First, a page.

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Outcomes of Therapeutic Penetrating Keratoplasty From a Tertiary Eye Care Centre in Northern India

Sharma, Namrata MD*; Jain, Mohit MD*; Sehra, Sri V. MD*; Maharana, Prafulla MD*; Agarwal, Tushar MD*; Satpathy, Gita MD*; Vajpayee, Rasik B. MS, FRCSEd, FRANZCO*,†,‡

doi: 10.1097/ICO.0000000000000025
Clinical Science

Purpose: The aim was to study the outcomes and results of therapeutic penetrating keratoplasty (Th PK) at a tertiary eye care hospital in northern India.

Methods: In this retrospective interventional study, a cohort of 506 eyes that underwent a Th PK for microbial keratitis was evaluated. Th PK was performed in cases of recalcitrant microbial keratitis with impending perforation (descemetocele formation) or perforation (>3 mm). Medical records were reviewed for demographic details, risk factors, ulcer and perforation size, microbiological investigations, size of donor and recipient beds, postoperative complications, and anatomical and visual outcomes.

Results: Anatomical success was seen in 454 eyes (89.7%). Preoperatively, the corrected distance visual acuity was <3/60 in 495 eyes (97.8%); after performing the Th PK, the corrected distance visual acuity was <3/60 in 249 eyes (49.2%), 3/60 to 6/60 in 182 eyes (35.9%), and >6/60 in 75 eyes (14.8%). Eyes with smaller grafts (<9 mm) had better anatomical and visual outcomes compared with eyes with larger grafts (9–11 mm; P = 0.03 and >11 mm; P = 0.0). A higher success rate was achieved with pure bacterial or fungal organisms rather than with mixed infections. A higher incidence of secondary glaucoma was seen in eyes with perforated ulcers (29.36%; 111/378) than in eyes without perforation (11.71%; 15/128) (P <.01) and in eyes with larger graft sizes (>11 mm and 9–11 mm) than in eyes with smaller graft sizes (<9 mm) (P <0.01).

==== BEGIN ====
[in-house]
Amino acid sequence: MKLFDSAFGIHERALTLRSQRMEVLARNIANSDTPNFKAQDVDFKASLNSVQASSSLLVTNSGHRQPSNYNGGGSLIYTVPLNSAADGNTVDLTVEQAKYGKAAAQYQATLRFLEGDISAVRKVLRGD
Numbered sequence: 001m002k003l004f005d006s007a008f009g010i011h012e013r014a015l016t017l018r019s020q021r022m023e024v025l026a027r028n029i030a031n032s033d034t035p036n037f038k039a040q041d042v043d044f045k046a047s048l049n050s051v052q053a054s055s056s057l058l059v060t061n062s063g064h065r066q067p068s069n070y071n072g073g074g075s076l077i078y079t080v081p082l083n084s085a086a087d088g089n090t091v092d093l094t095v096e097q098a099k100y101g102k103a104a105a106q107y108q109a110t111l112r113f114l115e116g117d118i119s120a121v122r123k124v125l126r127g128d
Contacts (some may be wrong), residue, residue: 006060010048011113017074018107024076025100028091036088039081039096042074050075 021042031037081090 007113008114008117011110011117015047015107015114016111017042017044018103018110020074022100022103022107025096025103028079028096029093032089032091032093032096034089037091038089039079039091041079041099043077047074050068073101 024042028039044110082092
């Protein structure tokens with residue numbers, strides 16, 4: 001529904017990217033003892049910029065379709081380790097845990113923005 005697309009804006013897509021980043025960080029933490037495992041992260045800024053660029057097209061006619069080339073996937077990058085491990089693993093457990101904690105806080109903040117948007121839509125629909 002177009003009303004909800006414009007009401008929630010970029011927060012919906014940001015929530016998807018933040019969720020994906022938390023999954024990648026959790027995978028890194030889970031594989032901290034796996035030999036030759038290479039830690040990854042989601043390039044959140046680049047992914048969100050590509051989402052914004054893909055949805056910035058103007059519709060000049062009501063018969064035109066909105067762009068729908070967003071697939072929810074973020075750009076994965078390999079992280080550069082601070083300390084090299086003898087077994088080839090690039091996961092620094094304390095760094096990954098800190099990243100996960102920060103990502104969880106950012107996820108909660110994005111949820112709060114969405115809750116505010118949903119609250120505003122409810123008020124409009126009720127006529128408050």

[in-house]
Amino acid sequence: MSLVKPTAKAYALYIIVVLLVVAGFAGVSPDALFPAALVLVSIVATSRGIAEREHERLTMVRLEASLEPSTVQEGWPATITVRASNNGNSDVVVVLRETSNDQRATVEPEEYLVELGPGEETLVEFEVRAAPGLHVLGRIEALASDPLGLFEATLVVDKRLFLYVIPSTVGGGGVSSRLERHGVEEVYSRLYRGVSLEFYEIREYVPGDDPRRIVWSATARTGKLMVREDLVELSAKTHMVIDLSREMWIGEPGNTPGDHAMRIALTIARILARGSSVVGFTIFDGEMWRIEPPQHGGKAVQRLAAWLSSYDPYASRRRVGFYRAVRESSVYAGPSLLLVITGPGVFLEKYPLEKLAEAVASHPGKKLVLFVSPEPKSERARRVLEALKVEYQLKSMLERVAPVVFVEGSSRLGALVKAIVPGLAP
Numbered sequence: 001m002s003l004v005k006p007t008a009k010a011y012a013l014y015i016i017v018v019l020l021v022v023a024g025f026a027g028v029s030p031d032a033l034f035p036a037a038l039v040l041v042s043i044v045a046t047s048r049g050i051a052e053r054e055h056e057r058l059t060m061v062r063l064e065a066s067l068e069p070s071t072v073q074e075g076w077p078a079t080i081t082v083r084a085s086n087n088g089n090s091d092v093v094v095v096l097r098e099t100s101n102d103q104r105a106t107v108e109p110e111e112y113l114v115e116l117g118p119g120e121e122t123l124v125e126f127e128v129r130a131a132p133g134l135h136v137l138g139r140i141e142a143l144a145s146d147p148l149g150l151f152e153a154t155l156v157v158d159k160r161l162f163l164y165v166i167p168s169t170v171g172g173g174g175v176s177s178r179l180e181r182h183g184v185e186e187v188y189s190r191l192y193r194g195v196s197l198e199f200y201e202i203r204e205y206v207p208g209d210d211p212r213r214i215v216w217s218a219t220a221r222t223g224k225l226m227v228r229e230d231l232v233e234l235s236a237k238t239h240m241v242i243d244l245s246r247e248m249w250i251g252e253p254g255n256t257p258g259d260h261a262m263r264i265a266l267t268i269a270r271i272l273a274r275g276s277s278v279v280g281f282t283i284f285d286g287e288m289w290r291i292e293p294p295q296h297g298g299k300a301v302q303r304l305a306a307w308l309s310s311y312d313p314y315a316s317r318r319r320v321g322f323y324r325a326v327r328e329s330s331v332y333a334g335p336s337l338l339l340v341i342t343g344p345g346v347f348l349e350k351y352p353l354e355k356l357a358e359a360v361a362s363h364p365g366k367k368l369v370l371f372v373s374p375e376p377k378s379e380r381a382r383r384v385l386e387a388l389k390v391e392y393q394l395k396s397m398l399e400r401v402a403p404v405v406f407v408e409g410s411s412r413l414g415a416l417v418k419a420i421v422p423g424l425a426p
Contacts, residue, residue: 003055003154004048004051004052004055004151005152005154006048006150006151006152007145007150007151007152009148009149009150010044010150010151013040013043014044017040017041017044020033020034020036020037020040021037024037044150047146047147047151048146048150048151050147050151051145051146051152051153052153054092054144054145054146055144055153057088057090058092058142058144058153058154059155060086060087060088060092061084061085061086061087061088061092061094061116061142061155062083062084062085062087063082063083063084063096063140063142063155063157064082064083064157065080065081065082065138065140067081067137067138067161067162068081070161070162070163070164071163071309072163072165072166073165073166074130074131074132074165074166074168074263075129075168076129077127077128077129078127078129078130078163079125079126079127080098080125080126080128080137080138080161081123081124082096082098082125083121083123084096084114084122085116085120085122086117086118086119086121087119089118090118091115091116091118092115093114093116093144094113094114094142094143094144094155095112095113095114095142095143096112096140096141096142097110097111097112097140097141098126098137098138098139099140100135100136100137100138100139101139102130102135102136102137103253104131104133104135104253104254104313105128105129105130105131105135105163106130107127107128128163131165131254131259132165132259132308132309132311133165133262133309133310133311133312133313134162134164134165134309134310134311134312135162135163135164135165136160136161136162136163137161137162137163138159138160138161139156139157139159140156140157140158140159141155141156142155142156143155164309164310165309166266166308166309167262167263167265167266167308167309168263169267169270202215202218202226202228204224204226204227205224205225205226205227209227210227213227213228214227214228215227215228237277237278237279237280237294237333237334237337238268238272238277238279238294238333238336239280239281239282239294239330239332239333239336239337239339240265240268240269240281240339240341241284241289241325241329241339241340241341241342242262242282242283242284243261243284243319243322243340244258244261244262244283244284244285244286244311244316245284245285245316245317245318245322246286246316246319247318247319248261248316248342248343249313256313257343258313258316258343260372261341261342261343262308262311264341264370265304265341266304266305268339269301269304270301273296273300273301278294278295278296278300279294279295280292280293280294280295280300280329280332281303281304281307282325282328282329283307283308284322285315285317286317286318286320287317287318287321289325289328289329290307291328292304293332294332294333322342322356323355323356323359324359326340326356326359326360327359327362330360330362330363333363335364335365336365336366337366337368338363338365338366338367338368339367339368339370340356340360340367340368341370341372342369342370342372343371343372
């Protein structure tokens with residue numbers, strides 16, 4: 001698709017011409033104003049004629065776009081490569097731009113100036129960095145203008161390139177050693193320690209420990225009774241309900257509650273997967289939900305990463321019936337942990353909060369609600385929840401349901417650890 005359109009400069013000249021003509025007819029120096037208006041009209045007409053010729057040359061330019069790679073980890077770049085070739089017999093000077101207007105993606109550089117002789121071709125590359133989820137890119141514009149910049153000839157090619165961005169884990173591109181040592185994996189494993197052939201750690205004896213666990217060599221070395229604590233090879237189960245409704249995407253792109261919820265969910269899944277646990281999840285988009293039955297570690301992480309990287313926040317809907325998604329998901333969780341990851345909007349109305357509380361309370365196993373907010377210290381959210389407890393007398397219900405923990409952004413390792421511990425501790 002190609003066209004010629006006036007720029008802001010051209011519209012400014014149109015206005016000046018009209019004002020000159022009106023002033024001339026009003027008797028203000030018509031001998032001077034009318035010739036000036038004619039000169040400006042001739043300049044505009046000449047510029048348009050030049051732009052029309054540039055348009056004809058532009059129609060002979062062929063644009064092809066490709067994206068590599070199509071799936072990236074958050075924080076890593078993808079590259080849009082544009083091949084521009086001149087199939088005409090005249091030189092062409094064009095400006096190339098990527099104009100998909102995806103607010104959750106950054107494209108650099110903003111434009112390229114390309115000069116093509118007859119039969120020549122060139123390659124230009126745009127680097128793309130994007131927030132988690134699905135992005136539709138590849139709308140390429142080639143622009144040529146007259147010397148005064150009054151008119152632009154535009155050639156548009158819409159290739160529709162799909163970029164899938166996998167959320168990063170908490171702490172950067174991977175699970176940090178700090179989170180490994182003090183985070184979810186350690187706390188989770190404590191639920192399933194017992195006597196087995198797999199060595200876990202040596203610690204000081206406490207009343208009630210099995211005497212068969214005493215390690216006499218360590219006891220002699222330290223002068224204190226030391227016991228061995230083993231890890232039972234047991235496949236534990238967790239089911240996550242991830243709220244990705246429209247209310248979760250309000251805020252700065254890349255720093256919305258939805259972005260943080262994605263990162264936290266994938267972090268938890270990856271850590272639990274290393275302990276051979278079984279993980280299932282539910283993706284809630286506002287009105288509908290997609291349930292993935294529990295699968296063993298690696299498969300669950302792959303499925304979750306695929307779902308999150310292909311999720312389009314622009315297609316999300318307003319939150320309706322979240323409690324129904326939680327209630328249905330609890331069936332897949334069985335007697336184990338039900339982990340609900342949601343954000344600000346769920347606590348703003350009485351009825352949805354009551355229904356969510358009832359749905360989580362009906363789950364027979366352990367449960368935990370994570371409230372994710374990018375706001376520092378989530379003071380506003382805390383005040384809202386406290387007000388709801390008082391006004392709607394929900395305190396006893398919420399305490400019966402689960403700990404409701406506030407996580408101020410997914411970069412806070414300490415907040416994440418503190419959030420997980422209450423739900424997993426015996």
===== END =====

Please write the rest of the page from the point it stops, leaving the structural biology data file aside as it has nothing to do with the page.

Conclusions: Th PK has a definitive role in the management of severe and refractory keratitis with a high success in restoring anatomical integrity and providing useful vision. Better outcomes may be achieved with early intervention before perforation or limbal/scleral extension.

*Department of Ophthalmology, Dr Rajendra Prasad Centre for Ophthalmic Sciences, All India Institute of Medical Sciences, New Delhi, India;

Department of Ophthalmology, Centre for Eye Research Australia, University of Melbourne, Melbourne, Australia; and

Department of Ophthalmology, Royal Victorian Eye and Ear Hospital, Melbourne, Australia.

Reprints: Namrata Sharma, Cornea, Cataract, and Refractive Surgery Services, Dr Rajendra Prasad Centre for Ophthalmic Sciences, AIIMS, New Delhi-110029, India (e-mail: namrata103@hotmail.com).

Presented at the Cornea Society and Eye Bank Association of America, October 21, 2011, Orlando, FL.

The authors have no funding or conflicts of interest to disclose.

Received April 12, 2013

Accepted October 07, 2013

© 2014 by Lippincott Williams & Wilkins.